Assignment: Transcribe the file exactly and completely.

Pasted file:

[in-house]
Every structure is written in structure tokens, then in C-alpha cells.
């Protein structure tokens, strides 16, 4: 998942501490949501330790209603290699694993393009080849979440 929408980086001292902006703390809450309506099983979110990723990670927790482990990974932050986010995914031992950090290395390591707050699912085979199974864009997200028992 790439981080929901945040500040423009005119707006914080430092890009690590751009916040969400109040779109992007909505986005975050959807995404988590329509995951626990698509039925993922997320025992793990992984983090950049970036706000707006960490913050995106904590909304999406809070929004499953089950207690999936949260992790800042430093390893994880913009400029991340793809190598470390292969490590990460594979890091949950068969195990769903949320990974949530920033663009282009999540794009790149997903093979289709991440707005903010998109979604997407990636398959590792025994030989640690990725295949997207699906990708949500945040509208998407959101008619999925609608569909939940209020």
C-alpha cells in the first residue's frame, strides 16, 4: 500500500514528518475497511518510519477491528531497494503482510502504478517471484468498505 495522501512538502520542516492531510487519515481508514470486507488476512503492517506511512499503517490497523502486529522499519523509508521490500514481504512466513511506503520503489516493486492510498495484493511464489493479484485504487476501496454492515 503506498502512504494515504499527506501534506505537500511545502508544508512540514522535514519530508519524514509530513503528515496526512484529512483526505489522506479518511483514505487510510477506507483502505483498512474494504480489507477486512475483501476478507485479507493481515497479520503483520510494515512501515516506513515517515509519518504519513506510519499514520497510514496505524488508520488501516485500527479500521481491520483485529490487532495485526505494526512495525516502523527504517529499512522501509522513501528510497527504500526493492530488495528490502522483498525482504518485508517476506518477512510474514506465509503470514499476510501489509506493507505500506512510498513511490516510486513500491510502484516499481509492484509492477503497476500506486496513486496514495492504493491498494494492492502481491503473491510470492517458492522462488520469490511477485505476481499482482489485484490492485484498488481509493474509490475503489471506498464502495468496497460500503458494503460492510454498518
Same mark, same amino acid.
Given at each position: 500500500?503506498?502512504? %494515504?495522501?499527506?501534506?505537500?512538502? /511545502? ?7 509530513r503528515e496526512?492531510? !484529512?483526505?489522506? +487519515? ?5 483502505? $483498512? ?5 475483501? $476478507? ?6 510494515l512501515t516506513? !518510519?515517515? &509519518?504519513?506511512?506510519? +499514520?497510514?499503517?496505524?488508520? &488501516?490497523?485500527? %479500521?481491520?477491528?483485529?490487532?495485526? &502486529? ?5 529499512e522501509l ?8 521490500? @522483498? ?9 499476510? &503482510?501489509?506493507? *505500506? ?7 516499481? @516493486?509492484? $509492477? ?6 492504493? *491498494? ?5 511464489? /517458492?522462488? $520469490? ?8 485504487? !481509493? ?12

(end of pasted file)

[in-house]
Every structure is written in structure tokens, then in C-alpha cells.
């Protein structure tokens, strides 16, 4: 998942501490949501330790209603290699694993393009080849979440 929408980086001292902006703390809450309506099983979110990723990670927790482990990974932050986010995914031992950090290395390591707050699912085979199974864009997200028992 790439981080929901945040500040423009005119707006914080430092890009690590751009916040969400109040779109992007909505986005975050959807995404988590329509995951626990698509039925993922997320025992793990992984983090950049970036706000707006960490913050995106904590909304999406809070929004499953089950207690999936949260992790800042430093390893994880913009400029991340793809190598470390292969490590990460594979890091949950068969195990769903949320990974949530920033663009282009999540794009790149997903093979289709991440707005903010998109979604997407990636398959590792025994030989640690990725295949997207699906990708949500945040509208998407959101008619999925609608569909939940209020």
C-alpha cells in the first residue's frame, strides 16, 4: 500500500514528518475497511518510519477491528531497494503482510502504478517471484468498505 495522501512538502520542516492531510487519515481508514470486507488476512503492517506511512499503517490497523502486529522499519523509508521490500514481504512466513511506503520503489516493486492510498495484493511464489493479484485504487476501496454492515 503506498502512504494515504499527506501534506505537500511545502508544508512540514522535514519530508519524514509530513503528515496526512484529512483526505489522506479518511483514505487510510477506507483502505483498512474494504480489507477486512475483501476478507485479507493481515497479520503483520510494515512501515516506513515517515509519518504519513506510519499514520497510514496505524488508520488501516485500527479500521481491520483485529490487532495485526505494526512495525516502523527504517529499512522501509522513501528510497527504500526493492530488495528490502522483498525482504518485508517476506518477512510474514506465509503470514499476510501489509506493507505500506512510498513511490516510486513500491510502484516499481509492484509492477503497476500506486496513486496514495492504493491498494494492492502481491503473491510470492517458492522462488520469490511477485505476481499482482489485484490492485484498488481509493474509490475503489471506498464502495468496497460500503458494503460492510454498518
Same mark, same amino acid.
Given at each position: 500500500?503506498?502512504? %494515504?495522501?499527506?501534506?505537500?512538502? /511545502? ?7 509530513r503528515e496526512?492531510? !484529512?483526505?489522506? +487519515? ?5 483502505? $483498512? ?5 475483501? $476478507? ?6 510494515l512501515t516506513? !518510519?515517515? &509519518?504519513?506511512?506510519? +499514520?497510514?499503517?496505524?488508520? &488501516?490497523?485500527? %479500521?481491520?477491528?483485529?490487532?495485526? &502486529? ?5 529499512e522501509l ?8 521490500? @522483498? ?9 499476510? &503482510?501489509?506493507? *505500506? ?7 516499481? @516493486?509492484? $509492477? ?6 492504493? *491498494? ?5 511464489? /517458492?522462488? $520469490? ?8 485504487? !481509493? ?12